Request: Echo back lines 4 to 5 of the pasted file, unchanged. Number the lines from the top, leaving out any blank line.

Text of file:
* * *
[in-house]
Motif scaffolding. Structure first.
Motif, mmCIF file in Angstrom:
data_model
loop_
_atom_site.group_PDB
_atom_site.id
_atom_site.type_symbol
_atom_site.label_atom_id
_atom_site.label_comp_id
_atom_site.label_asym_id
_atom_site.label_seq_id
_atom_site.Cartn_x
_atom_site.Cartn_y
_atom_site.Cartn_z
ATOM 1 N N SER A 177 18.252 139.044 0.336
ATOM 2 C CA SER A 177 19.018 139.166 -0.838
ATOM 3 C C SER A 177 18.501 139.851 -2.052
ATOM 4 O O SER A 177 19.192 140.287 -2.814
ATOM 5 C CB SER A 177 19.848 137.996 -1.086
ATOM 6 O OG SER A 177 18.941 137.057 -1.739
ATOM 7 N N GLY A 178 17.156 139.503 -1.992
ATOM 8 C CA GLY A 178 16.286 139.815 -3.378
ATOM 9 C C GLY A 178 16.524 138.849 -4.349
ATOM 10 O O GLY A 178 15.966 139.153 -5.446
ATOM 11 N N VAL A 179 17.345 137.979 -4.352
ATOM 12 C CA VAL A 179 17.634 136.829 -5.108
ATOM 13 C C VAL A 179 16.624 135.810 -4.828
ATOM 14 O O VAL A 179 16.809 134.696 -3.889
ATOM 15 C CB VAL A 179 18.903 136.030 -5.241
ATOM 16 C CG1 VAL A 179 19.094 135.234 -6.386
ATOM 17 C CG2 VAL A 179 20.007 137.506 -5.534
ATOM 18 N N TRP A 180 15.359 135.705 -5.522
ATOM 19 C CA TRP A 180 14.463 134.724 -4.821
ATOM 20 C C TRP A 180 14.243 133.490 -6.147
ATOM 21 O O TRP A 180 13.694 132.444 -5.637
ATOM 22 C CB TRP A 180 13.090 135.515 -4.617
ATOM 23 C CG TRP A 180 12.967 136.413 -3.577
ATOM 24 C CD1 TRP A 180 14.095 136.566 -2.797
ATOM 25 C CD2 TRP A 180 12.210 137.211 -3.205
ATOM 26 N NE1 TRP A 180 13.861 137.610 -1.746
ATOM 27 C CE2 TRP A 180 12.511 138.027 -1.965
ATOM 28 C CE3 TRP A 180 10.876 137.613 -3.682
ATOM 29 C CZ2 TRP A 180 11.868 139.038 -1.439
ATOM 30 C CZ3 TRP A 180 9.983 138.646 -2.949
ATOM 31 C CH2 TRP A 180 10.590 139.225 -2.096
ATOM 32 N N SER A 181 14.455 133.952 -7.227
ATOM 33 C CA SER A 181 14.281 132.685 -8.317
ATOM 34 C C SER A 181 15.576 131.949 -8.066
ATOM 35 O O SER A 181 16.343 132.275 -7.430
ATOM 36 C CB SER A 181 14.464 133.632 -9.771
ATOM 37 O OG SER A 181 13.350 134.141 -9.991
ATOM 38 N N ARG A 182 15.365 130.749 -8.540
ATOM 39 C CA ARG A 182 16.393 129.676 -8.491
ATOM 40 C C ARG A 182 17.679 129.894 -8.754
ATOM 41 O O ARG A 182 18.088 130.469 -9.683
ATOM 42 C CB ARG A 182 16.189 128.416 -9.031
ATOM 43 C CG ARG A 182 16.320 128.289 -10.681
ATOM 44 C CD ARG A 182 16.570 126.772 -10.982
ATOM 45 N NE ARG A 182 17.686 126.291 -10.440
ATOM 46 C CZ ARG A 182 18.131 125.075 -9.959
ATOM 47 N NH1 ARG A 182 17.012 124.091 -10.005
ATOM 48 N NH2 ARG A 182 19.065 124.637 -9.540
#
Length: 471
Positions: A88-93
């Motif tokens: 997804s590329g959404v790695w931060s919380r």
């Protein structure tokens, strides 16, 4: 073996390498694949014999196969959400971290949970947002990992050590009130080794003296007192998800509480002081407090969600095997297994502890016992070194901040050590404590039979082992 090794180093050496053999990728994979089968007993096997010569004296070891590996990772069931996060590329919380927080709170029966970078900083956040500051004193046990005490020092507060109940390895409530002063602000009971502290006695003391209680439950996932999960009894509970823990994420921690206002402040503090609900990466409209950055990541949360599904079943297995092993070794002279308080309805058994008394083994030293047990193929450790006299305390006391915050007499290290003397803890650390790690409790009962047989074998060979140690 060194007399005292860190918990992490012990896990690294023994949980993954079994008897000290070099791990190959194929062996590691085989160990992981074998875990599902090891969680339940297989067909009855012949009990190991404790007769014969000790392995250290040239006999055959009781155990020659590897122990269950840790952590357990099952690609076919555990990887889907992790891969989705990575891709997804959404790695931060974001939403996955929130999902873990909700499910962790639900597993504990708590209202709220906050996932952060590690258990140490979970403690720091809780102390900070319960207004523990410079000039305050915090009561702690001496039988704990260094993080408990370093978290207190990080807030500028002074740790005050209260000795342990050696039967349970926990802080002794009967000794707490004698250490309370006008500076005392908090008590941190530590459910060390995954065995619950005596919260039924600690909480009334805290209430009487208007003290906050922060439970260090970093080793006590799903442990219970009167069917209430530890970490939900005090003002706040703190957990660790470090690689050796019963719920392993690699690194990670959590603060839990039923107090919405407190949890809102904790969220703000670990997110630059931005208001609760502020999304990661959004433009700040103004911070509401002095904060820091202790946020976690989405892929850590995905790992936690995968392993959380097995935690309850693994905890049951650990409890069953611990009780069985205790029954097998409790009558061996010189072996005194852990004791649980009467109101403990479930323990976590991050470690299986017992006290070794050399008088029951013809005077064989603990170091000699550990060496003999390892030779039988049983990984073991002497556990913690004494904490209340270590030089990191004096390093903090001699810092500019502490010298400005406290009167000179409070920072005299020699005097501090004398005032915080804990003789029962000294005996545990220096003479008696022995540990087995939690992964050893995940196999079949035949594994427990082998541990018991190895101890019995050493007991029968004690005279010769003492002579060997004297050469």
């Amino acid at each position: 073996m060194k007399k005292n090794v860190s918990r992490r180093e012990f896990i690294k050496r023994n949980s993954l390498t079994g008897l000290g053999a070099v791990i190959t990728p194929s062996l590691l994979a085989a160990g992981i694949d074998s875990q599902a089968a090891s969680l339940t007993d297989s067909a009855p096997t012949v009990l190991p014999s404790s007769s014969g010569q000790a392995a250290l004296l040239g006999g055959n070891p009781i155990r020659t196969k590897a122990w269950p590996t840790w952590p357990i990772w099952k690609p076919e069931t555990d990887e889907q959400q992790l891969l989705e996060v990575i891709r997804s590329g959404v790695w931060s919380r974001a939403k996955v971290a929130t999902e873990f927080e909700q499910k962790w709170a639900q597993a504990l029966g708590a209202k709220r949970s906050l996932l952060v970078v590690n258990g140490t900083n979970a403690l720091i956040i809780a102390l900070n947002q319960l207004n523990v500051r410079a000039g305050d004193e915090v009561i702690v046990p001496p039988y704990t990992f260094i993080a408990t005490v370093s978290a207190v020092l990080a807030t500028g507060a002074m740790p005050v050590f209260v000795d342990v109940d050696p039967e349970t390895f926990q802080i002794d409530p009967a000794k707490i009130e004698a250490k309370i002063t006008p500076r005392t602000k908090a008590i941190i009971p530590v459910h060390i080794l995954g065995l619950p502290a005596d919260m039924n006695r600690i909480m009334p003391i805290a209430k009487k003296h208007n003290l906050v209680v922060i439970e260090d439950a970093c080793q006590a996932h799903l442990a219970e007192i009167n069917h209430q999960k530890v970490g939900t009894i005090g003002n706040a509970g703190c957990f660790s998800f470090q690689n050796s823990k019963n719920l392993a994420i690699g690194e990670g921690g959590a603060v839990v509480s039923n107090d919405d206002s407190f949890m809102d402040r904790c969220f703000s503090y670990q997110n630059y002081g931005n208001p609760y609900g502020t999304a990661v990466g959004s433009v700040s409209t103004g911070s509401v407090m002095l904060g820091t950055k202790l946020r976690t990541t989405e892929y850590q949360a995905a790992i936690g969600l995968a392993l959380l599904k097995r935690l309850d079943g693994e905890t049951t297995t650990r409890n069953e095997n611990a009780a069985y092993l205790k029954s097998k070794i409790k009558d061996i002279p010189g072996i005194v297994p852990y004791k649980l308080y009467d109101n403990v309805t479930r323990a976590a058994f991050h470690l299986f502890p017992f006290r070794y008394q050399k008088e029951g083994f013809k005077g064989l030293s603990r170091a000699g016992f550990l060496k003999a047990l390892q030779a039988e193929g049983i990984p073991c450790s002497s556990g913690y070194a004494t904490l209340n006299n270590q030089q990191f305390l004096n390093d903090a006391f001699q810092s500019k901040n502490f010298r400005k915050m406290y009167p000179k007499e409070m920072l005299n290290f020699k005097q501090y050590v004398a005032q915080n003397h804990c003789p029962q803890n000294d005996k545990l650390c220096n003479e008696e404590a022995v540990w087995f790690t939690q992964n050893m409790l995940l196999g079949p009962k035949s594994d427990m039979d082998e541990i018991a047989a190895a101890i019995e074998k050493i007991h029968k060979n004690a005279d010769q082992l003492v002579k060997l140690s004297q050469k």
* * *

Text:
data_model
loop_